Soapwort (Saponaria officinalis)
(Note: Rock Soapwort redirects to this page. The genus is the same, but some species-specific properties may differ)
Saponaria officinalis also known as soapwort or fuller’s herb is a perennial plant in the family Caryophyllaceae (Thakur et al., 2014). It is native to habitats in Europe and Central Asia and is commonly found growing along roadsides, in hedges and close to water(Jia, Koike, & Nikaido, 1998; Koike, Jia, & Nikaido, 1999). It is cultivated as a horticultural plant in several countries (Smulek et al., 2017). In ancient times the underground stem of the plant were used as a detergent (Smulek et al., 2017). The extracts of Saponaria officinalis are used to treat rheumatic disorders, bronchitis and skin ailments (Jia et al., 1998; Koike et al., 1999).
Historical information on the use of soapwort can be found in John Gerarde’s The herbal, or Generall historie of plantes written in 1633. The leaves were brewed and put over cuts on the fingers, hands and legs to speed up the healing process. It was also used to assist with expelling of kidney stones by provoking the flow of urine. There was speculation that soapwort would vernal diseases, but there wasn’t sufficient evidence to prove this claim.
- The Oral Administration of Sanguisorba officinalis Extract Improves Physical Performance through LDHA Modulationby Jung Ho Han on April 3, 2021 at 10:00 am
Muscle fatigue is induced by an acute or chronic physical performance inability after excessive physical activity often associated with lactate accumulation, the end-product of glycolysis. In this study, the water-extracted roots of Sanguisorba officinalis L., a herbal medicine traditionally used for inflammation and diarrhea, reduced the activities of lactate dehydrogenase A (LDHA) in in vitro enzyme assay myoblast C2C12 cells and murine muscle tissue. Physical performance measured by a…
- Sanguisorba officinalis L. derived from herbal medicine prevents intestinal inflammation by inducing autophagy in macrophagesby Asuka Yasueda on June 21, 2020 at 10:00 am
Disturbed activation of autophagy is implicated in the pathogenesis of inflammatory bowel disease. Accordingly, several autophagy-related genes have been identified as Crohn’s disease susceptibility genes. We screened the autophagy activators from a library including 3,922 natural extracts using a high-throughput assay system. The extracts identified as autophagy activators were administered to mice with 2% dextran sodium sulfate (DSS). Among the autophagy inducers, Sanguisorba officinalis L….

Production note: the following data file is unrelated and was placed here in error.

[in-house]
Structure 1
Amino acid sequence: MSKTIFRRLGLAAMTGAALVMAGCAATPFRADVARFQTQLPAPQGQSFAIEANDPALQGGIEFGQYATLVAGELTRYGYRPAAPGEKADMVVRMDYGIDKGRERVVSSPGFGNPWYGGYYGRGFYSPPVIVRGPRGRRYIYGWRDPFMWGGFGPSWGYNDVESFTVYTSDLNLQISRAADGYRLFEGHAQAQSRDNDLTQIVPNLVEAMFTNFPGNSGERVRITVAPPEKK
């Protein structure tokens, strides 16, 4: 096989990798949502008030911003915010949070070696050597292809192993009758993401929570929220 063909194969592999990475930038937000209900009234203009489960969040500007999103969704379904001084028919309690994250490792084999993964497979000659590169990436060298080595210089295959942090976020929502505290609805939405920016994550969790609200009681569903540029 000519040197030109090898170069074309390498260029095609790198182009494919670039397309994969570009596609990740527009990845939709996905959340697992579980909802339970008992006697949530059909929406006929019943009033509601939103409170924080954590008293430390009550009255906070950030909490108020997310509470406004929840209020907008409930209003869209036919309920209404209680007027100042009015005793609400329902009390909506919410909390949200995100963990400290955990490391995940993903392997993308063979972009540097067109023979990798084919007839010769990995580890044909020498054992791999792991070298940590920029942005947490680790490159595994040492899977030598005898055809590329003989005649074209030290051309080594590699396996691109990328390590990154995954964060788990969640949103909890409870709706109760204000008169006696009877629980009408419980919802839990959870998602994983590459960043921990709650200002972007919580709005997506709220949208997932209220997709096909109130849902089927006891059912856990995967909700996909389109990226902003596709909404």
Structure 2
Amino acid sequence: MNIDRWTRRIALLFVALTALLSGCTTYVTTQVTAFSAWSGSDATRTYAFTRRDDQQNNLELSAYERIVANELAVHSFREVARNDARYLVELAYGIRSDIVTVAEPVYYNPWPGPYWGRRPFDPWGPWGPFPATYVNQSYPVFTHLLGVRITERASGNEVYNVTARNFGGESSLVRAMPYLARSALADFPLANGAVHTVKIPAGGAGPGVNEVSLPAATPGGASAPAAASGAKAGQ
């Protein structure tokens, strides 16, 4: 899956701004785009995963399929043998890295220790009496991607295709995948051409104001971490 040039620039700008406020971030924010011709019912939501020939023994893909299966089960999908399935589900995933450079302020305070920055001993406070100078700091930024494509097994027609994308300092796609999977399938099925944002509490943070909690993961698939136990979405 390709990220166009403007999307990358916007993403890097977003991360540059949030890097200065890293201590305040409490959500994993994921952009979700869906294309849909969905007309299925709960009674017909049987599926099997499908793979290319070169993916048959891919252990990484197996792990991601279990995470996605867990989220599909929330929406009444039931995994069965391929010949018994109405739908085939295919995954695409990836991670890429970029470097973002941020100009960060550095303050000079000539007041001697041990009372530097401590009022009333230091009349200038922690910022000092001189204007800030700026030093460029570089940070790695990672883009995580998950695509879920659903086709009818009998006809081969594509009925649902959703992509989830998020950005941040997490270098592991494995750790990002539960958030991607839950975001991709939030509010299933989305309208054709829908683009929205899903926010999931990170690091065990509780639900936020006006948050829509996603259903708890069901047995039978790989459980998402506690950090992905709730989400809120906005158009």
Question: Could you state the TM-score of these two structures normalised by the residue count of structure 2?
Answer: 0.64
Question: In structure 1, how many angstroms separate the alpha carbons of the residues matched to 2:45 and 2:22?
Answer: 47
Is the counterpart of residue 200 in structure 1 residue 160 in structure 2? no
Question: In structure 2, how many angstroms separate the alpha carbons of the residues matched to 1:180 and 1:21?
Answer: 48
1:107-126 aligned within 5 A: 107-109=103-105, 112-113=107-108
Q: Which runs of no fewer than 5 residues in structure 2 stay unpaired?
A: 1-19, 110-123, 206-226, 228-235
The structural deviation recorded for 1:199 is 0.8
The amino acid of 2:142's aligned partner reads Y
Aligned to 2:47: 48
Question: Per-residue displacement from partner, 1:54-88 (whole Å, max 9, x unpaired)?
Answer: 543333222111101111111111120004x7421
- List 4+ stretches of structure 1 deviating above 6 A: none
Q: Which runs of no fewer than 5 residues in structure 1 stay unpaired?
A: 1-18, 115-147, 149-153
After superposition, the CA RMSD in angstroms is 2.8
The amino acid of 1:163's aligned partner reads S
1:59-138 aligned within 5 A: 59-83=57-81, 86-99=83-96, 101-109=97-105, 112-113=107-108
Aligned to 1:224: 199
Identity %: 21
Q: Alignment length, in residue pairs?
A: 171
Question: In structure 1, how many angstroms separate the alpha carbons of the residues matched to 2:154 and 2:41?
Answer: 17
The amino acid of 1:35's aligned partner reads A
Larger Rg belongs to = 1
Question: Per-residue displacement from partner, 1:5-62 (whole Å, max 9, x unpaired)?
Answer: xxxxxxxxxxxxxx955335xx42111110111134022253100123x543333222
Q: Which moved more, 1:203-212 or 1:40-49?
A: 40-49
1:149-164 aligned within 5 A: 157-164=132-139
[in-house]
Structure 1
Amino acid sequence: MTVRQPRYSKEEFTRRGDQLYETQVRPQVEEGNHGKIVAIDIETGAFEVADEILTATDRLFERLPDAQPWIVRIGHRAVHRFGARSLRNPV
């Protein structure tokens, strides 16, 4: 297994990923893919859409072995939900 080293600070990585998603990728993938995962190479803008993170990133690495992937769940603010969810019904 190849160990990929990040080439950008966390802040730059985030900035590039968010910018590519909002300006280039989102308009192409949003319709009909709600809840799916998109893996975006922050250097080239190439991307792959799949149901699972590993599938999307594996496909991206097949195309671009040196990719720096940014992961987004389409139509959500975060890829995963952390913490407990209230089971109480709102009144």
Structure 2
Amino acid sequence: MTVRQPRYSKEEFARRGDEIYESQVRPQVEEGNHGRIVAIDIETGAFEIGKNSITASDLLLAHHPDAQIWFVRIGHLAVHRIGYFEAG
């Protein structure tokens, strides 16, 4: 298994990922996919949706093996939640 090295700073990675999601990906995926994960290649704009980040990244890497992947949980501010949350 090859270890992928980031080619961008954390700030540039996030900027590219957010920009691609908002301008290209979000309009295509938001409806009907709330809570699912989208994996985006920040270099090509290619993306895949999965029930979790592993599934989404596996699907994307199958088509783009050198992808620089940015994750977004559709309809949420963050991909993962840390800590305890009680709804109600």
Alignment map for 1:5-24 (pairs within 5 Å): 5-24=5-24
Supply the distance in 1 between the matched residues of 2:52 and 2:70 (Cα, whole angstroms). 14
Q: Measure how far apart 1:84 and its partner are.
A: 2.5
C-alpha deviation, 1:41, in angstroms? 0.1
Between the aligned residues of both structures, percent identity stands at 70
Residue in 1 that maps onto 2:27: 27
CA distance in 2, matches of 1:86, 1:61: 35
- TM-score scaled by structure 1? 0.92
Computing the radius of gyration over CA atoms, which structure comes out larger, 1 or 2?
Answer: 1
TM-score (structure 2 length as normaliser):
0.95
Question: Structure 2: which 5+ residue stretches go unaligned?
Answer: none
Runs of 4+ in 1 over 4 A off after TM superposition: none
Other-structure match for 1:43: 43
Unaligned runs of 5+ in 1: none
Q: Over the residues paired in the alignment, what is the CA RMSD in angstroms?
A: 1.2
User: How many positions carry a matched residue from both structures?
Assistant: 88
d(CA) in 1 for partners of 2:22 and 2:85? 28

- Phytotherapeutic Activities of Sanguisorba officinalis and its Chemical Constituents: A Reviewby Eungyeong Jang on February 14, 2018 at 11:00 am
Sanguisorba officinalis Linne (S. officinalis, Rosaceae) has been used as a medicinal plant for the treatment of burns, hematemesis, melena, intestinal infections, and dermatitis for a long time in China, Korea, and Japan. The therapeutic efficacy of this herb is intimately associated with its anti-oxidant, anti-inflammatory, antiviral, antifungal, hemostatic, and anticancer activities. Its root contains triterpenoid saponins (zigyuglycoside I: C[Formula: see text]H[Formula: see text]O[Formula:…
- Sanguisorba officinalis L. Extracts Exert Antiobesity Effects in 3T3-L1 Adipocytes and C57BL/6J Mice Fed High-Fat Dietsby Da-Woon Jung on June 17, 2016 at 10:00 am
The purpose of this study was to investigate the antiobesity effect of Sanguisorba officinalis L. (SOL) in 3T3-L1 adipocytes and obese C57BL/6J mice. SOL was extracted with water and 30%, 50%, 70%, and 100% ethanol (EtOH). 3T3-L1 adipocytes were treated with SOL extracts (100 μg/mL) during the differentiation period. Triglyceride (TG) accumulation was determined by Oil Red O staining, and the expression of adipocyte-specific proteins was measured by Western blot analysis. C57BL/6J mice were fed…
- Ethanol extracts of Sanguisorba officinalis L. suppress TNF-α/IFN-γ-induced pro-inflammatory chemokine production in HaCaT cellsby Ju-Hye Yang on December 15, 2015 at 11:00 am
CONCLUSION: Our results suggest the preventive potential of ESOL as a herbal medicine for the treatment of inflammatory skin diseases.
Jia, Z., Koike, K., & Nikaido, T. (1998). Major triterpenoid saponins from saponaria officinalis. Journal of Natural Products, 61(11), 1368-1373. doi:10.1021/np980167u
Koike, K., Jia, Z., & Nikaido, T. (1999). New triterpenoid saponins and sapogenins from Saponaria officinalis. Journal of Natural Products, 62(12), 1655-1659. doi:10.1021/np990311r
Smulek, W., Zdarta, A., Pacholak, A., Zgola-Grzeskowiak, A., Marczak, L., Jarzebski, M., & Kaczorek, E. (2017). Saponaria officinalis L. extract: Surface active properties and impact on environmental bacterial strains. Colloids Surf B Biointerfaces, 150, 209-215. doi:10.1016/j.colsurfb.2016.11.035
Thakur, M., Jerz, G., Tuwalska, D., Gilabert-Oriol, R., Wybraniec, S., Winterhalter, P., . . . Weng, A. (2014). High-speed countercurrent chromatographic recovery and off-line electrospray ionization mass spectrometry profiling of bisdesmodic saponins from Saponaria officinalis possessing synergistic toxicity enhancing properties on targeted antitumor toxins. Journal of Chromatography. B: Analytical Technologies in the Biomedical and Life Sciences, 955-956, 1-9. doi:10.1016/j.jchromb.2014.02.008
Natural Medicines record: Red Soapwort (Access to UI only)